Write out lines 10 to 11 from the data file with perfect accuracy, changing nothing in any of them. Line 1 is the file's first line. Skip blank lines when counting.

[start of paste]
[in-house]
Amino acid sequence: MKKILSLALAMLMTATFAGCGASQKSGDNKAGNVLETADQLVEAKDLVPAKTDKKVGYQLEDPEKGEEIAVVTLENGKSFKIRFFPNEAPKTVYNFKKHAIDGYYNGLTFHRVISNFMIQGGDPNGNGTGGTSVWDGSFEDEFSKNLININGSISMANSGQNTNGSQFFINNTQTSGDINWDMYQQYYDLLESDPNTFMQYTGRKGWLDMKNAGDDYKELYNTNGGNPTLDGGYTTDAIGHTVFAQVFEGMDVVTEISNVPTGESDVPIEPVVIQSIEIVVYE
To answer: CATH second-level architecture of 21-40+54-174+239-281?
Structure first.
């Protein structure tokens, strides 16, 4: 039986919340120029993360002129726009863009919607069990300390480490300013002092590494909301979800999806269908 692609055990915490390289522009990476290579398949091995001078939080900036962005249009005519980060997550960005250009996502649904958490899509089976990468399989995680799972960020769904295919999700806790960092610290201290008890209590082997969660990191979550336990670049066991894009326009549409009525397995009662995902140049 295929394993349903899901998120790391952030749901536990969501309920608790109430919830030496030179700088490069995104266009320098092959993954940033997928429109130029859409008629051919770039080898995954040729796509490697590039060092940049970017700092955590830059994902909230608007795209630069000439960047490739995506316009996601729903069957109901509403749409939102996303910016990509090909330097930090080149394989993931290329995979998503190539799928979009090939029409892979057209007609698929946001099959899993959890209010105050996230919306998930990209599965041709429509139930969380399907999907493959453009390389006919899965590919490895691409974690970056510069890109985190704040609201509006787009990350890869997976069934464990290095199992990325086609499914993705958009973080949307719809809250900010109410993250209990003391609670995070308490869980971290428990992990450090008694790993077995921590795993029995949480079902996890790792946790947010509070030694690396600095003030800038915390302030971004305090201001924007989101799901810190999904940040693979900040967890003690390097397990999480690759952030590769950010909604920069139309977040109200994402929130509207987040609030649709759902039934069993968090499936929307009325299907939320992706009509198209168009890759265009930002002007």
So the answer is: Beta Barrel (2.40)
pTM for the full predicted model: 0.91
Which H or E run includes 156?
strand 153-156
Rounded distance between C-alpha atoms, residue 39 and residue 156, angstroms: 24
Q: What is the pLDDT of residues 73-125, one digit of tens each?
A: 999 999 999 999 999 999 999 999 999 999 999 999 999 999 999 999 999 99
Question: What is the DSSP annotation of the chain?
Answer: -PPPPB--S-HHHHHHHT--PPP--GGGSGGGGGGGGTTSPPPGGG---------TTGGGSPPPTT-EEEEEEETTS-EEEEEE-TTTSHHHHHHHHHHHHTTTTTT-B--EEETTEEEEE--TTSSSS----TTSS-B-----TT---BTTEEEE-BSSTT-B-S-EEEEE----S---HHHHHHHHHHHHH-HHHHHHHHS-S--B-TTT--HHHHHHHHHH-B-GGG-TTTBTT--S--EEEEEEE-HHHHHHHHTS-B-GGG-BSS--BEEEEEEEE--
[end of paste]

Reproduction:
Rounded distance between C-alpha atoms, residue 39 and residue 156, angstroms: 24
Q: What is the pLDDT of residues 73-125, one digit of tens each?